AMD and Intel have been extremely active on the desktop processor front through 2007, introducing both price drops and new products, and as a result, have totally transformed the market. Ultra high priced desktop processors are quickly turning into the dinosaurs of the market, as both companies trim the fat and offer powerful CPUs for a fraction of their introductory price. Product releases have also followed this pattern, and any new processors from AMD and Intel seem to have accepted this new market reality, and slipped into the existing price structure.
This type of intense price and product competition has yielded significant benefits to consumers, and the type of price-performance ratios you can receive today simply dwarfs anything in the past. AMD has been at the forefront of the price drop trend, and other than the new Athlon 64 X2 6400+, none of their desktop processor line is priced over $200. One real bright spot is the Athlon 64 X2 5600+, which not only offers top of the line mainstream performance, but has lower power and thermal specs, on par with the Athlon 64 X2 5000+ to 5400+ range.
The processor's basic specs remain intact, and the Athlon 64 X2 5600+ is simply a 2.8 GHz version of the 90nm Windsor core. This translates into 64K of L1 instruction and 64K of L1 data cache per core, for a total of 256KB of L1 cache, and an L2 configuration of 1MB of L2 data cache per core, or a total of 2MB of L2 cache. AMD still hasn't made the transition to 65nm for its higher-speed models, so the Athlon 64 X2 5600+ remains a 90nm part, but it does offer a lower power envelope compared to the Athlon 64 X2 6000+. This is also a Socket AM2 part, and features an integrated dual-channel memory controller that supports up to DDR2-800 speeds and a theoretical memory bandwidth of 12.8 GB/second.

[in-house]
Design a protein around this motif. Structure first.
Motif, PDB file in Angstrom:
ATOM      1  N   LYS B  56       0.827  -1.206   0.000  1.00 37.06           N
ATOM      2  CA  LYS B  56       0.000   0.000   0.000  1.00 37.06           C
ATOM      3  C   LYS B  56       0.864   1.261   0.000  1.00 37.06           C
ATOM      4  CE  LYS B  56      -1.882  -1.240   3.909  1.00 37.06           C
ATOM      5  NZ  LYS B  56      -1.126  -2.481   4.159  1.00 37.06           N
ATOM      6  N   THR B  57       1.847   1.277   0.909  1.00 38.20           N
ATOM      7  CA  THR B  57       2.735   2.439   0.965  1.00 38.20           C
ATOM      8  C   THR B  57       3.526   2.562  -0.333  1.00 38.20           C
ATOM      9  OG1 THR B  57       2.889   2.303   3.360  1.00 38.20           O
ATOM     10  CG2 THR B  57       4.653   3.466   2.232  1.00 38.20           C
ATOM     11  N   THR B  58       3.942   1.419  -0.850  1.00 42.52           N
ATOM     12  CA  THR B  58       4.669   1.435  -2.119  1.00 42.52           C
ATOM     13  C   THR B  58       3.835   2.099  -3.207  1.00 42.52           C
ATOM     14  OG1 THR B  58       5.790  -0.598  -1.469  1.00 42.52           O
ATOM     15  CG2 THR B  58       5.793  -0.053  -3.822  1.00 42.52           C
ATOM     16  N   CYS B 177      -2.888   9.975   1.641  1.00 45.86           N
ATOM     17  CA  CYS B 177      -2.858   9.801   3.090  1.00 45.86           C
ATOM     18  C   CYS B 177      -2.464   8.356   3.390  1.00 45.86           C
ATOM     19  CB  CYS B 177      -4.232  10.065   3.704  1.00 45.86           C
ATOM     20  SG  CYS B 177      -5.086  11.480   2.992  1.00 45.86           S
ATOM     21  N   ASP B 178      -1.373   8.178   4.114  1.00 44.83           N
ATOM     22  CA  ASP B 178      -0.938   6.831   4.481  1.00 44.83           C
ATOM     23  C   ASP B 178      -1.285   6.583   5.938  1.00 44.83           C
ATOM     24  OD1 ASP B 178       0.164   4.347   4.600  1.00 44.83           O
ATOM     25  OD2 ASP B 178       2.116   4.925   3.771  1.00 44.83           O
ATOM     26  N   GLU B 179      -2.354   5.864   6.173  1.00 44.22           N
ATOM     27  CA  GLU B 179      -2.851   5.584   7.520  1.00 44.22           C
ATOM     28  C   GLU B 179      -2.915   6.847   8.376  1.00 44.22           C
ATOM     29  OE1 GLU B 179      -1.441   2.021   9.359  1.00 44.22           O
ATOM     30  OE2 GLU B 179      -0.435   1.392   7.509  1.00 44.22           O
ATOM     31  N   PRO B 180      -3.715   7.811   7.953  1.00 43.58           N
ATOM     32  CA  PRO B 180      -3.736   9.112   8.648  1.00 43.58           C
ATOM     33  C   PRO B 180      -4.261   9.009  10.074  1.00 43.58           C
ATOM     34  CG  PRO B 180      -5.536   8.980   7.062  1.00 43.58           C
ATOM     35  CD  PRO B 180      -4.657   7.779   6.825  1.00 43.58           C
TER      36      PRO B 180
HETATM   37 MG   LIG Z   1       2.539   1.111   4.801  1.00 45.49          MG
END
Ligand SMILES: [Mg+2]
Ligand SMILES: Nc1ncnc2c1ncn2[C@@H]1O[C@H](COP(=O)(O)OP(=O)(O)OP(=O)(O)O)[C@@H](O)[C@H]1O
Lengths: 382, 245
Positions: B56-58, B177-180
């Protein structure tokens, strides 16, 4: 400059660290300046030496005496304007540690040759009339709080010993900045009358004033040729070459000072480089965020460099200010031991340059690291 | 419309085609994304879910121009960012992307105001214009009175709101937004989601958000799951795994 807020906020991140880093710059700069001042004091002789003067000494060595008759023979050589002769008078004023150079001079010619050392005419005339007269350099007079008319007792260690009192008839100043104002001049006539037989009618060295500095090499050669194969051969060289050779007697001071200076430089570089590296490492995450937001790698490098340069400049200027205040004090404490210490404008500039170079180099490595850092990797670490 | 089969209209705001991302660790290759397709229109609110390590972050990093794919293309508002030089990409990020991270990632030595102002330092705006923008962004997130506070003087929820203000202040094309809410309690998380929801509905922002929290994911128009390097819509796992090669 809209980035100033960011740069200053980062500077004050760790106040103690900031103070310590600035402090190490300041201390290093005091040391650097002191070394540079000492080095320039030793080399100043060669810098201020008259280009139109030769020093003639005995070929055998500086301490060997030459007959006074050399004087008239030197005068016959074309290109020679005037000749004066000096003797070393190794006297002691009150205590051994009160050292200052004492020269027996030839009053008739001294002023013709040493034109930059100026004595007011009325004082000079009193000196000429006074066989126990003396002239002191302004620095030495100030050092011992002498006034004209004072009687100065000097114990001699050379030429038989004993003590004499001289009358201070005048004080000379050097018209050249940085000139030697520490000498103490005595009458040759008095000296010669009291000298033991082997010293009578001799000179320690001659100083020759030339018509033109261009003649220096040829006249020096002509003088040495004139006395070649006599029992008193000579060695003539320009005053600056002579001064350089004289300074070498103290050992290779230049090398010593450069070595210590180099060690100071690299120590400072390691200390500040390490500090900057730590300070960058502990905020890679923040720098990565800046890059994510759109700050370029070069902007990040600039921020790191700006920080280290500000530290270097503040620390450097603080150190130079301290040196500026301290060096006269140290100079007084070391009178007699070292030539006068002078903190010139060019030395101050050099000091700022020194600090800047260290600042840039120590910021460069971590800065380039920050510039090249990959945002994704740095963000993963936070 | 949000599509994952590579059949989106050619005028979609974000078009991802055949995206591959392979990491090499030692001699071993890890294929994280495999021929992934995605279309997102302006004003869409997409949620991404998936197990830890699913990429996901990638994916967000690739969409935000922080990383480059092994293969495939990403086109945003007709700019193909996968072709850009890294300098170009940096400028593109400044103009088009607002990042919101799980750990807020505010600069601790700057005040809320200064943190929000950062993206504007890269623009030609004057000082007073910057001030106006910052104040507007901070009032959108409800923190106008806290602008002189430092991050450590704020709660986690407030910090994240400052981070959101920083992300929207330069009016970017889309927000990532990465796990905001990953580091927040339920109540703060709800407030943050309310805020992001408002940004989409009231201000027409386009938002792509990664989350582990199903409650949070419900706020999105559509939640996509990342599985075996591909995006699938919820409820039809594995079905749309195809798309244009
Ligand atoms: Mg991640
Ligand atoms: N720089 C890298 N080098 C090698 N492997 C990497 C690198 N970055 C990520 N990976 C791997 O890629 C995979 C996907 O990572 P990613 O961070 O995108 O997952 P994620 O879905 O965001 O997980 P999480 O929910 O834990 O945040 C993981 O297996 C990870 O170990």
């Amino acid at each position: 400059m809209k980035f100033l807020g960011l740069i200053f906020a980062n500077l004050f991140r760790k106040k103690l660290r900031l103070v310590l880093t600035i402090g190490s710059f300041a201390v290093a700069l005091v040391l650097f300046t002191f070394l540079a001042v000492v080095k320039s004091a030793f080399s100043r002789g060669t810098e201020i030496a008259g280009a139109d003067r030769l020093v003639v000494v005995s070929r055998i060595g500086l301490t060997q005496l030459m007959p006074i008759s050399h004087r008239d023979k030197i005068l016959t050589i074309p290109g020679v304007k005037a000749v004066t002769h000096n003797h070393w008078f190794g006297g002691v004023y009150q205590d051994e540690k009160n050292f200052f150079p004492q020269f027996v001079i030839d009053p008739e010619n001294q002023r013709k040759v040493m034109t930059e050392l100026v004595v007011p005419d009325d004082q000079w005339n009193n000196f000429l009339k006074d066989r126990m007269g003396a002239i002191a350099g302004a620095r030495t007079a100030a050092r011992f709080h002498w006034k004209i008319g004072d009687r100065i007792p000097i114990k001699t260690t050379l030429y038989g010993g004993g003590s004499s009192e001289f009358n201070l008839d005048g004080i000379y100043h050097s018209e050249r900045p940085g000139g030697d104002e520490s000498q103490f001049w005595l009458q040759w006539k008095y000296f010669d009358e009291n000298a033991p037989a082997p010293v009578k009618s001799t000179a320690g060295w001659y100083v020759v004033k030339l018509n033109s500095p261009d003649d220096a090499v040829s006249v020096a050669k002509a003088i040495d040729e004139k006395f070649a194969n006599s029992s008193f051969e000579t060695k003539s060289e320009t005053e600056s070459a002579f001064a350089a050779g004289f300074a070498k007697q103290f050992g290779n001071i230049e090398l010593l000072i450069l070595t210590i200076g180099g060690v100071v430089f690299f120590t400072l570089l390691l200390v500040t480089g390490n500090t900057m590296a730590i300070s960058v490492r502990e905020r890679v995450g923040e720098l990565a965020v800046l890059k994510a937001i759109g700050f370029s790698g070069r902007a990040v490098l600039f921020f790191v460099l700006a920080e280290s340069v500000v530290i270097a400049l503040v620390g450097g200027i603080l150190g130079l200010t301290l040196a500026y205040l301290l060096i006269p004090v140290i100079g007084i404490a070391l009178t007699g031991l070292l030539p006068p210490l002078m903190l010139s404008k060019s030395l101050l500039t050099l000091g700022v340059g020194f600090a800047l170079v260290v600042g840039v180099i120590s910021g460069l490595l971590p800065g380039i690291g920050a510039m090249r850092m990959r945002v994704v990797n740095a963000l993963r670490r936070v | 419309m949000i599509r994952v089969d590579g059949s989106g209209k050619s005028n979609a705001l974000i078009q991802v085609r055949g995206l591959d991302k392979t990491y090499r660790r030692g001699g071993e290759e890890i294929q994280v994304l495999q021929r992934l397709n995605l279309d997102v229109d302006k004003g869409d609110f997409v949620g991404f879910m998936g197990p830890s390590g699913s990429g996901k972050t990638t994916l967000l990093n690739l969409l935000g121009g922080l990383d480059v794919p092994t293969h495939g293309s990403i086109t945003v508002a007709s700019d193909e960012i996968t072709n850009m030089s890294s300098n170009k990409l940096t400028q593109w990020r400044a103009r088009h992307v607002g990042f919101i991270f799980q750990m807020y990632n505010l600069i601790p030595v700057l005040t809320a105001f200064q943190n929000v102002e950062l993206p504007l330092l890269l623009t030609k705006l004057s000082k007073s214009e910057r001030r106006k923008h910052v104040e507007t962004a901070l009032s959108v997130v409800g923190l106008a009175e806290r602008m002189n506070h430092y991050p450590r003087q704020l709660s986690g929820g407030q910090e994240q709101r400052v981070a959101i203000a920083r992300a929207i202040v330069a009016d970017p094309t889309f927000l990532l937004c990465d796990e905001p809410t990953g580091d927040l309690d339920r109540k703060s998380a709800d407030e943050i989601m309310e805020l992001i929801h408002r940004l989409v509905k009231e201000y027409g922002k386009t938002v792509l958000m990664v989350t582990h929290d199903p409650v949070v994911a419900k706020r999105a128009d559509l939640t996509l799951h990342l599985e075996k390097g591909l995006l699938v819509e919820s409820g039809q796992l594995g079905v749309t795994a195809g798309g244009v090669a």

The Athlon 64 X2 5600+ includes support for AMD64, HyperTransport, Enhanced Virus Protection, and AMD Virtualization technology, while many of its power and thermal specifications sit a level lower than the Athlon 64 X2 6000+ and 6400+. The Athlon 64 X2 5600+ offers a core voltage of 1.3V-1.35V, a thermal power rating of only 89W, a processor current of 65 A, and a transistor count of 227.4 million. This processor represents the highest clocked version of this mid-level power design, and once you move to the Athlon 64 X2 6000+ or higher, this jumps to a TDP of 125W and a 90.5 A processor current. The Athlon 64 X2 5600+ also supports AMD Cool'n'Quiet, and offers max power-saving specifications of 1.1V core voltage, 23.8 A current, 29.2W thermal power, and a 1.0 GHz ramped-down clock speed.
One major benefit of the Athlon 64 X2 5600+ is its "even" 14x clock generator and the ability to run at pure DDR2-800 speeds with 12.8 GB/s of memory bandwidth. This translates into a slightly higher memory speed and bandwidth compared to a processor with an "uneven" multiplier like the Athlon 64 X2 6000+, which runs at only 746 MHz and sports 11.9 GB/s of memory bandwidth. Even worse are the processors with fractional multipliers, like the 65nm Athlon 64 X2 4800+ (12.5x), which runs at only 714 MHz DDR and supplies just 11.4 GB/s of memory bandwidth. These may seem like small differences to some, but many enthusiasts seek out a true DDR2-800 Athlon 64 X2 processor in order to get the highest memory performance.